Three of us from Holy Trinity manned a stall at the Stirling Wedding Fair yesterday. We were not the first Episcopalians to attend such an event, but I was curious to find out what this mode of ‘casting the net’ was like. I didn’t know how we would measure the experience – unlike the other stallholders, we were not there simply to make bookings. I hoped for interesting conversations, enquiries, some form of contact with people.
I guess the hardest bit was when people identified who we were, shuddered and turned their faces very deliberately to the table opposite. (Well, it was hosted by a couple of magicians with excellent card tricks and balloons in swan shapes.) Then there were the people who politely accepted one of our brochures, which you just knew would be tossed in the bin with the other irrelevant ones. (But we did hand out 50 of them.)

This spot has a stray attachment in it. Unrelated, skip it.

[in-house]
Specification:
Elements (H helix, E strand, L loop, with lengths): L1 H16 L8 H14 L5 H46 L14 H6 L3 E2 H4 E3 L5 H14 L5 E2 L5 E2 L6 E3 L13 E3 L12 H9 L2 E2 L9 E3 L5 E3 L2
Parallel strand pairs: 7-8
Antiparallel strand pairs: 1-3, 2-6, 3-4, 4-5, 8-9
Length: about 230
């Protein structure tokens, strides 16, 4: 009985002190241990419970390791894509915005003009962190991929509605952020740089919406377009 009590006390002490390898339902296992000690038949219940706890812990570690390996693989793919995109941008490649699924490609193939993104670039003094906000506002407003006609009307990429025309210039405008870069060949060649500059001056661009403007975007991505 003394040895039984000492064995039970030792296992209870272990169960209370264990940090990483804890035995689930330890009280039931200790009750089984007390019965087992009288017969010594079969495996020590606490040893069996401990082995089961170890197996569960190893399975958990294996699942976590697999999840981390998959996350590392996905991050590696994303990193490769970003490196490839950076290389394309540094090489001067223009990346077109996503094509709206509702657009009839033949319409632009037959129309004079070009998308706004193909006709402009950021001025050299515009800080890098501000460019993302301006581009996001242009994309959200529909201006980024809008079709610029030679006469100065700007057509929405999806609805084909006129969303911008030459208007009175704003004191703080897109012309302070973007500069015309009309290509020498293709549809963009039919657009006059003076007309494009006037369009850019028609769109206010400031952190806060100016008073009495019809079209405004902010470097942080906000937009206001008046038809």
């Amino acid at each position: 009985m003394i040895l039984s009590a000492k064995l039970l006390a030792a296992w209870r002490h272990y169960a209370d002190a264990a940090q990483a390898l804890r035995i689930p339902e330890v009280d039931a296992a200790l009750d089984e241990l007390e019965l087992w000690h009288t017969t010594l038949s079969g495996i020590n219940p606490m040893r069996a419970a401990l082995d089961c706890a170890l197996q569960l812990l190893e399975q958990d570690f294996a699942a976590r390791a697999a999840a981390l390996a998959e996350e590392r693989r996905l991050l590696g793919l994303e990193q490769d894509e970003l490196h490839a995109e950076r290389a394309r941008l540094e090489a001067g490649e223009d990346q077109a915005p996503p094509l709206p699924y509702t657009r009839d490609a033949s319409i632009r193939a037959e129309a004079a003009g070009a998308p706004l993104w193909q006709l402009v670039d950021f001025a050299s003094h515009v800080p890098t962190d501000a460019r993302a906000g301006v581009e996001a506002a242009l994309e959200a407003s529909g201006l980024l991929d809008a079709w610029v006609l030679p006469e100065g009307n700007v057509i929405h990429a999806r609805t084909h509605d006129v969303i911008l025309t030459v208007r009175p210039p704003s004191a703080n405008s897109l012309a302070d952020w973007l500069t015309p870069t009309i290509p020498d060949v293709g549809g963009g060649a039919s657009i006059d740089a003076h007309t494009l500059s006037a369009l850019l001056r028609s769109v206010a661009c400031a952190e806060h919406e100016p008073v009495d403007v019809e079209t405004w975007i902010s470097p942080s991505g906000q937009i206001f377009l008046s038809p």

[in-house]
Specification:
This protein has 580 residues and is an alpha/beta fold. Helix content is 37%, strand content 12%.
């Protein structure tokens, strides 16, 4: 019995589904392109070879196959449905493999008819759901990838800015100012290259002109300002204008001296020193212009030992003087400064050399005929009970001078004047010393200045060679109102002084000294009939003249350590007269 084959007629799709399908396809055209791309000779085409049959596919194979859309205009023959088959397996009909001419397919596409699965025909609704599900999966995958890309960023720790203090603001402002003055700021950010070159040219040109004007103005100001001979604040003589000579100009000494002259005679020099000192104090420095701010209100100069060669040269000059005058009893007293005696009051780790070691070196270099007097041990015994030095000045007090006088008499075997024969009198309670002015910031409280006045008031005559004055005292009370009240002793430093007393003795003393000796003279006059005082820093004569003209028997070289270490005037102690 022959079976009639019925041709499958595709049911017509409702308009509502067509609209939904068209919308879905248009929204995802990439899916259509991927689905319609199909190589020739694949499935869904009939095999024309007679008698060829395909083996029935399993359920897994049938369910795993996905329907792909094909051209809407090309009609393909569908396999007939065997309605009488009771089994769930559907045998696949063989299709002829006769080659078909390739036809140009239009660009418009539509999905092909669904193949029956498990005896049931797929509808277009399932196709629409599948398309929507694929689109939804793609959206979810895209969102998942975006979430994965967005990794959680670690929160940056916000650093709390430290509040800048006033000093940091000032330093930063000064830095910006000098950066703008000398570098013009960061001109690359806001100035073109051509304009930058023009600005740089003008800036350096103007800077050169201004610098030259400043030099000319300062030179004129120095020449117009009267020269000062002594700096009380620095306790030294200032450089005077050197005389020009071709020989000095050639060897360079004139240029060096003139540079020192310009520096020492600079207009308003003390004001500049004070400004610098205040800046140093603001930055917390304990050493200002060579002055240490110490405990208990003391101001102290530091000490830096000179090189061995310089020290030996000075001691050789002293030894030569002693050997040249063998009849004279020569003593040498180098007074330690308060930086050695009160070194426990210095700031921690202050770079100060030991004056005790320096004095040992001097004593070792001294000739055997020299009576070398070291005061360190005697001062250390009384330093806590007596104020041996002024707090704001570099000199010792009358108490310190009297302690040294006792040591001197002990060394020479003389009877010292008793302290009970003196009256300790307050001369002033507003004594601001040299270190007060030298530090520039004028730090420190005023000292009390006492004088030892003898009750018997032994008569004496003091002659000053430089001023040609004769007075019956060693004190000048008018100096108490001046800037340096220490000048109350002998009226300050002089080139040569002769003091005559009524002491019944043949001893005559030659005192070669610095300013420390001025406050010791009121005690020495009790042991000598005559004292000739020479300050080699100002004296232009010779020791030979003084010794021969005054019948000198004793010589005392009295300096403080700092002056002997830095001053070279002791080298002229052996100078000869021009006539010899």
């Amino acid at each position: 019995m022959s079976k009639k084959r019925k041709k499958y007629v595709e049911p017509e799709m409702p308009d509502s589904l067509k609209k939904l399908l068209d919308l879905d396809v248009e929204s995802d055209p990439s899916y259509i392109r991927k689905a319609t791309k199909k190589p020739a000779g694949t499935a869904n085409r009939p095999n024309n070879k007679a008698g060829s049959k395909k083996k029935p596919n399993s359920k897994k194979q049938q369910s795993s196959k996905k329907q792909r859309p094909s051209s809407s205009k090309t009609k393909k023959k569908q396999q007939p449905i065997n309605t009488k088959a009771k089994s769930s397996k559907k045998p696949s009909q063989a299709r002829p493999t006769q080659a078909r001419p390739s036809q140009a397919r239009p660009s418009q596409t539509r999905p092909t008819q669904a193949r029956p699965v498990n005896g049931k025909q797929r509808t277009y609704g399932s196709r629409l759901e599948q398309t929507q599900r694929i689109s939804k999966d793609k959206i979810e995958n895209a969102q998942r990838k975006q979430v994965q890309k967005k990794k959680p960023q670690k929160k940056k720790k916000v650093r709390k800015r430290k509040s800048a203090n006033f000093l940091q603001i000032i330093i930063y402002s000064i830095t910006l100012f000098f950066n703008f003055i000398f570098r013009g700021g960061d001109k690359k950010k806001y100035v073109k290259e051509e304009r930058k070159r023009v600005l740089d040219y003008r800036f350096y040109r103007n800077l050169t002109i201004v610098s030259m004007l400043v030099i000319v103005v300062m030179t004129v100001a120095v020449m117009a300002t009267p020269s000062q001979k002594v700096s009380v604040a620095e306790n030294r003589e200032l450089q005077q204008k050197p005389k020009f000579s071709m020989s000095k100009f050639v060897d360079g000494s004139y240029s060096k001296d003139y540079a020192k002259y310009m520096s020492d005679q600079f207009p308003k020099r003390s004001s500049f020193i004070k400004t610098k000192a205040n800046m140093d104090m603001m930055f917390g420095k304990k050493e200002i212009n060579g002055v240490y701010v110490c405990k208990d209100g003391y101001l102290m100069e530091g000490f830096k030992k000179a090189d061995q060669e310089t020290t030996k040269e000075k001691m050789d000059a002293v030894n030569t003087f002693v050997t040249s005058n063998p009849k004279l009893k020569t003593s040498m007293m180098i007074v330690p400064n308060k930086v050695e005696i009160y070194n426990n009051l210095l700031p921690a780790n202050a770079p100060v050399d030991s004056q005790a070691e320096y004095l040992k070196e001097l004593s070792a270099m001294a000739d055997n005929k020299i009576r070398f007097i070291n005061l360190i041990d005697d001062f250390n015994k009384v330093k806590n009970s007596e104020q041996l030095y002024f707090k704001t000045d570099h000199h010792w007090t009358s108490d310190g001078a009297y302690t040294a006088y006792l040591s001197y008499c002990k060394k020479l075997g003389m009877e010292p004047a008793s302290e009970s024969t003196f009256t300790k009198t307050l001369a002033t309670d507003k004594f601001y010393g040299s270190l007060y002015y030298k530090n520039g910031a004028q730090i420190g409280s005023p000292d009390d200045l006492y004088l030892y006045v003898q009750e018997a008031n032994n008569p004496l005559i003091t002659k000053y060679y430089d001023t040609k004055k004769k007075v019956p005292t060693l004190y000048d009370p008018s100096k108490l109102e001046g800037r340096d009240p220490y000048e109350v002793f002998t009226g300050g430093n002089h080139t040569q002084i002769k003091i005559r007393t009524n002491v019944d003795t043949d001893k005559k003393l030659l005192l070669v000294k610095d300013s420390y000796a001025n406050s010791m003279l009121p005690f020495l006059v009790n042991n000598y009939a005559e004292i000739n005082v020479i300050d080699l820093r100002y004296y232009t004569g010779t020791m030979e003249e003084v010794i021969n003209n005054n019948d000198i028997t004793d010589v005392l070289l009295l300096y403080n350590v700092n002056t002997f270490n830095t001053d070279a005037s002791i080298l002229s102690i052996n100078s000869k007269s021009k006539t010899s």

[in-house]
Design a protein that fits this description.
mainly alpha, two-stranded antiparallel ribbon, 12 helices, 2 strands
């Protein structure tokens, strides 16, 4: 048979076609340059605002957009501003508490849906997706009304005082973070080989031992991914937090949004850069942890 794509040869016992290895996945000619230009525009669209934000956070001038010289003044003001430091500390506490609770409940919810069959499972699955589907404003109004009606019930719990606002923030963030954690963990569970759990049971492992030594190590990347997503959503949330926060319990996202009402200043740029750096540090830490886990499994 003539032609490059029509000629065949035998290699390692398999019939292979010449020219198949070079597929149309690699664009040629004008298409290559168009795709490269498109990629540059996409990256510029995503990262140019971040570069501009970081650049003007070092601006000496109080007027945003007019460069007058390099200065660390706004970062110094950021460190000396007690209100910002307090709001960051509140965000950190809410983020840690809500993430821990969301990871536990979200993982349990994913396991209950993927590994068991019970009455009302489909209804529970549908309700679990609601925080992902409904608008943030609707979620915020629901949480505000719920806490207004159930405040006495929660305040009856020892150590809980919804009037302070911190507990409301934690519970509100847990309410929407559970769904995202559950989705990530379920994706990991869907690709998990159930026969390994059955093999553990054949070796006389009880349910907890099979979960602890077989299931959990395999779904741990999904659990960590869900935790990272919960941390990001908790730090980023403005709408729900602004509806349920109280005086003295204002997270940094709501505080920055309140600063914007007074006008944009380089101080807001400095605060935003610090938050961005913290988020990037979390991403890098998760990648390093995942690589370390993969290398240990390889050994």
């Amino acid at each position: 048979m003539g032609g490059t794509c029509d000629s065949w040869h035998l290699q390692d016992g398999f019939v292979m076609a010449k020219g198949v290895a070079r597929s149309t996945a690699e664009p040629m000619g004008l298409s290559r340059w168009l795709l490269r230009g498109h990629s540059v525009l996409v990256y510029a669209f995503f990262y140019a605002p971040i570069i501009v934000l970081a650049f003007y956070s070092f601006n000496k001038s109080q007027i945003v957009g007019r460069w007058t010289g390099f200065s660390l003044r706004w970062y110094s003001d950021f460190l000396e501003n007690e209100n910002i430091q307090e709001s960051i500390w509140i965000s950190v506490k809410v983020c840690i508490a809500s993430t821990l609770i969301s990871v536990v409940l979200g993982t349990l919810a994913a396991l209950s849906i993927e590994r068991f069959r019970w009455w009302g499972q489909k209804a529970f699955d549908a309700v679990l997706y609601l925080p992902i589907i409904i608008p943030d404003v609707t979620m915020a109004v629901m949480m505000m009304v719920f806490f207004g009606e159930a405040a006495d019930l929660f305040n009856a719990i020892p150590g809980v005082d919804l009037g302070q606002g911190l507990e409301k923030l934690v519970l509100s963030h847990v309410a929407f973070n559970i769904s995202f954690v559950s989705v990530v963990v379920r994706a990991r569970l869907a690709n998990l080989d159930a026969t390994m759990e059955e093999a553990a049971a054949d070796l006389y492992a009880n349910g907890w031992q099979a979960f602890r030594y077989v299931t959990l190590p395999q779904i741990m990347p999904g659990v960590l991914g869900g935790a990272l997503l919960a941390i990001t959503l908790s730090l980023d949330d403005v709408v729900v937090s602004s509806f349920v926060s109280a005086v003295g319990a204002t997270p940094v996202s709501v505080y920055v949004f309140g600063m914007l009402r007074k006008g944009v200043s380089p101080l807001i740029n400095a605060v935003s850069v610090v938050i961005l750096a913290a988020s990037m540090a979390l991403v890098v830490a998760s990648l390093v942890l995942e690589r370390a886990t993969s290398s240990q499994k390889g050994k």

Then at last – just like the parable of the sower – we met the ones who were looking for a ‘venue’ and were not excluding a church. The ones who delighted in the images on our slideshow. (And one of these rang me this morning about a booking.)
The best conversations were with other stallholders during the catwalk, when it went quiet upstairs where we were. Some of it was networking, but there was also space to talk about whether you could be spiritual and not religious, and whether you could be progressive and traditional at the same time. They were happy to have us there, I think – recognising Pope Benedict’s point that a whole human being has a spiritual side.
But I felt sorry for the anxious brides-to-be with their reluctant fiancés and other entourages. The sheer bombardment of information, leaflets, options, extras, necessities one hadn’t thought of, pressure, intensity. Lots of fun, yes, from chocolate fountains and sherbet flying saucers to colour-coded diamanté and feather fascinators. Yet to me, elopement had never before seemed so attractive an option.